In 16th-century Germany, a dark legend appeared about a man named Faust. In the story, Faust is a brilliant doctor, but he had grown bored with his knowledge and dissatisfied with his life. He decides that he will summon the Devil, and what appears is Satan's representative Mephistopheles. In return for unlimited knowledge, magic, and earthly pleasures, Faust surrenders his soul. He uses his new powers and Mephistopheles in various ways, and in many versions of the story, he seduces a beautiful innocent and destroys her. He has left morality behind in hellfire. He is irrevocably and eternally damned.
Black Butler isn't Faust, but it enters the long literary tradition of trading one soul to the devil for supernatural abilities. The story opens with Ceil Phantomhive, the child heir to a noble family. He has a household of stupid servants who can't do anything right, an air-headed fiance, and his butler, Sebastian. Sebastian does everything right. When he's not a martial arts expert, he polishes silver till it puts the crown jewels to shame, and that's while he's making a gourmet meal that's drawn in such excruciating detail that saliva gathers in my mouth. As the English translation says, he's “one Hell of a butler." At a snap of his master's fingers, Sebastian takes out criminals and goons, business rivals, and dangerous supernatural visitors. We learn that Ceil has traded his soul for Sebastian, who will consume it after all the family's rights have been wronged and Ceil's revenge is complete.
The London of Black Butler is a dark even when dawn breaks. This London isn't the world of Sherlock Holmes, Harry Potter, or even Jack the Ripper. This London is a city in a picture book that wound up on the steps of a Harajuku boutique. Servants and nobility's costumes are drawn in minute, sometimes ridiculous detail that would only be allowed at an anime convention or Akihabara, not actually in Victorian England. It's sometimes striking, sometimes goofy, full of frills, bows, and waves of fabric.
In my opinion, Yana Toboso is the best shojo artist in popular manga today. She easily navigates her action sequences, which are fluid and surprising. Unlike many shojo-esque titles, she doesn't indulge in large panels of characters' eyes, instead choosing to keep her story moving briskly. Black Butler is Toboso's debut of sorts, and her artistic finesse is impressive for a first series.
Despite being published in Monthly GFantasy, a shonen magazine, Black Butler has the most fabulous identity crisis ever. On one page there's a spread of Sebastian undressing the camera with his eyes. The next will have all the maids hanging out in various stages of undress. Boys' magazine? Girls' magazine? Who knows? Who cares? It adds to the humor. And if anything stops Black Butler from tumbling into the territory of mediocre manga, it is two things.
First, it is the humor. The comic identifies as a black comedy, and much of the humor is at someone's expense, sometimes their death. If it weren't for Sebastian cracking the one-liner, the bumbling of inept servants, or the random Indian prince popping up, Black Butler would be too dark to read.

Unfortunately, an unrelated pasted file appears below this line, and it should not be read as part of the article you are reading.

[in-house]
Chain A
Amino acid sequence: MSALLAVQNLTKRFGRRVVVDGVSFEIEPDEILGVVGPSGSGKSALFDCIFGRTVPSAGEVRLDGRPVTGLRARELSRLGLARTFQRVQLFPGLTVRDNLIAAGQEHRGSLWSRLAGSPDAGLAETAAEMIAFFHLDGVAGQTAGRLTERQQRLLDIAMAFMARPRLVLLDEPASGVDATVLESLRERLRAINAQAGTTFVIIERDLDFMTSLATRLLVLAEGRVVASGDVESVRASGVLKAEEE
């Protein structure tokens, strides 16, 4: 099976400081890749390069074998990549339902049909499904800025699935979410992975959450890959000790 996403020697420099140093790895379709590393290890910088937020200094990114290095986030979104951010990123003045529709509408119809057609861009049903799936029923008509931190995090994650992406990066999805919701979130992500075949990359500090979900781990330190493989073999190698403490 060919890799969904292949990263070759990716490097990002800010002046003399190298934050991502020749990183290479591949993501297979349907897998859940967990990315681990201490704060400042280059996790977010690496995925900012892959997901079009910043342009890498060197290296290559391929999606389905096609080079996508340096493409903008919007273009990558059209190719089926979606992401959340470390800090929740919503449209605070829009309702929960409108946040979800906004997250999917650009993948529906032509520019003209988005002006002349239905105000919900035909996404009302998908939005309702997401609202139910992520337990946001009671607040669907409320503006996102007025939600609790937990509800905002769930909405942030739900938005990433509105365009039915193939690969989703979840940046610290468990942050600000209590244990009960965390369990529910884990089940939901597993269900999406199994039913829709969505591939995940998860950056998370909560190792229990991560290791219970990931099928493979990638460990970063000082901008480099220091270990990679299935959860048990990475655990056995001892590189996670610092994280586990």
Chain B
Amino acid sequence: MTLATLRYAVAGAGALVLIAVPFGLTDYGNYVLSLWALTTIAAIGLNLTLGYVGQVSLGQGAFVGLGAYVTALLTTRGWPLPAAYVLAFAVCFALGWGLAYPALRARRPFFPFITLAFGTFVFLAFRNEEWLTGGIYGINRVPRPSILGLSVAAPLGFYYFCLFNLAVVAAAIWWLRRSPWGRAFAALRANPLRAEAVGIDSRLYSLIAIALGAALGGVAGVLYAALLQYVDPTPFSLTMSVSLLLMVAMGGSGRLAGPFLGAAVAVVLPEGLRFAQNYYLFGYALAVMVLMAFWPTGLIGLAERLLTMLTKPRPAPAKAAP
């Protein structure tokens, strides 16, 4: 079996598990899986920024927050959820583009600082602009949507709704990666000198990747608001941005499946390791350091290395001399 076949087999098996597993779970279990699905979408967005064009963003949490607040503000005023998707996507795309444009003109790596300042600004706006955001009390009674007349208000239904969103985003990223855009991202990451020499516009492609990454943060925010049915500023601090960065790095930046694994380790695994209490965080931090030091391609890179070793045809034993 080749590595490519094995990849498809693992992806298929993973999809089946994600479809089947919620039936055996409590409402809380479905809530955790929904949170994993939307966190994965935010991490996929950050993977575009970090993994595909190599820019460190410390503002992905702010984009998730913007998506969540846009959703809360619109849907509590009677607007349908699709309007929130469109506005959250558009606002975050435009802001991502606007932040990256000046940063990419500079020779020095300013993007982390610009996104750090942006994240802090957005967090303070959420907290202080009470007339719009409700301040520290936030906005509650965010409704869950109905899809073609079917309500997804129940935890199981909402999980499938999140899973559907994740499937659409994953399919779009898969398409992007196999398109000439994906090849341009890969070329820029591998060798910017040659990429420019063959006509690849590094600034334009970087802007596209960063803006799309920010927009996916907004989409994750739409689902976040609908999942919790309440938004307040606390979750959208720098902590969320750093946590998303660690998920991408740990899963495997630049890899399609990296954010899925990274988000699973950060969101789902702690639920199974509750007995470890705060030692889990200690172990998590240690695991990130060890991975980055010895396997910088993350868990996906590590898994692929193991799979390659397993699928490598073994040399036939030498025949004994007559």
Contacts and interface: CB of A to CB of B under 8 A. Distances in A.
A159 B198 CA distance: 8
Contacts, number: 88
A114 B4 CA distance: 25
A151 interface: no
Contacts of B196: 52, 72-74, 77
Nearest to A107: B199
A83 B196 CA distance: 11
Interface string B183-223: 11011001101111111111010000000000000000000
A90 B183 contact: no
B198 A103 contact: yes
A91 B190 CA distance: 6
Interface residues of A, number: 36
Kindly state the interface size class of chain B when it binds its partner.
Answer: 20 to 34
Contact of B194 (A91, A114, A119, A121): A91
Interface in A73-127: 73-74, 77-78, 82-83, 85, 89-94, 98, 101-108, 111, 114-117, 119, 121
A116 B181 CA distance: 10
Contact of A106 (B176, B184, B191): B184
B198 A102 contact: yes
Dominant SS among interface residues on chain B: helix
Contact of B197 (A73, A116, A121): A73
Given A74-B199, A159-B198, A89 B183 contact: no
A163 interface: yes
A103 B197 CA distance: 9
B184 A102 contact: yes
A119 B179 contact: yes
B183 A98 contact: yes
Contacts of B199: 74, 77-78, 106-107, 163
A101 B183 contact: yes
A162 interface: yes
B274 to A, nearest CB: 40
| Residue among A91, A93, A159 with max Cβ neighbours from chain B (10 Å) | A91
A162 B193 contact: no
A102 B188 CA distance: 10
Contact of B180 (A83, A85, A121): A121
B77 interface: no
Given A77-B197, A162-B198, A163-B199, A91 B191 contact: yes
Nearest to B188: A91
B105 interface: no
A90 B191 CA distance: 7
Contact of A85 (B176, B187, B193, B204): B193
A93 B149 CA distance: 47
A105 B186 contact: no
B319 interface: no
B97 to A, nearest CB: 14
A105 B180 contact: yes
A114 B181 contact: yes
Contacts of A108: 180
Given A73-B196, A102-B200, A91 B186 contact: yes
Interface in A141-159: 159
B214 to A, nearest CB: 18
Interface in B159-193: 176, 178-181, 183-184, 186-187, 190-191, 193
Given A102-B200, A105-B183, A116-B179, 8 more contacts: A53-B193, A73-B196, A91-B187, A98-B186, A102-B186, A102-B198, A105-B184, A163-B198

The second thing that propels Black Butler is the subtext. Black Butler is special because it plays off of a greater tradition. One reader might not know Faust's story. But there are enough creeping fairy tales and legends that tell us giving our soul away never comes to any good, no matter how many laughs we have along the way. The most popular character in the series is Sebastian. Toboso isn't the first author to create the enjoyable devil -- Paradise Lost's most powerful moments come when you realize you have been thoroughly seduced and have forsaken goodness for... whatever it is the devil offers. The great Faustian and demonic stories that we hold to have one thing in common besides demons -- the feeling of impending doom.
Black Butler's success as a series depends solely on its ending. With a deft twist or a painful collision of our expectations, Toboso can use the subtext, the impending doom, to make something magnificent. Even though we root for Sebastian against the earthly and supernatural enemies, a shadow hangs over each victory, each moment of tension between the devil and his young master. Will Sebastian win in the end? Is Ceil going to burn in the same Hell as Faust and others before him? We'll have to wait and see. No pressure, right?
Black Butler has been incredibly popular in Japan. It has sharp, stylish artwork. It has hot characters, good food, supernatural villains, and wit. It's topped best-selling charts in Japan, and it's topping the New York Times best seller charts in the U.S. It's worth a read.
It's not like you'll have to trade your soul to get your hands on it either.
Volume 8 out of 10 will be released in January 2012. For more information, go to the official website.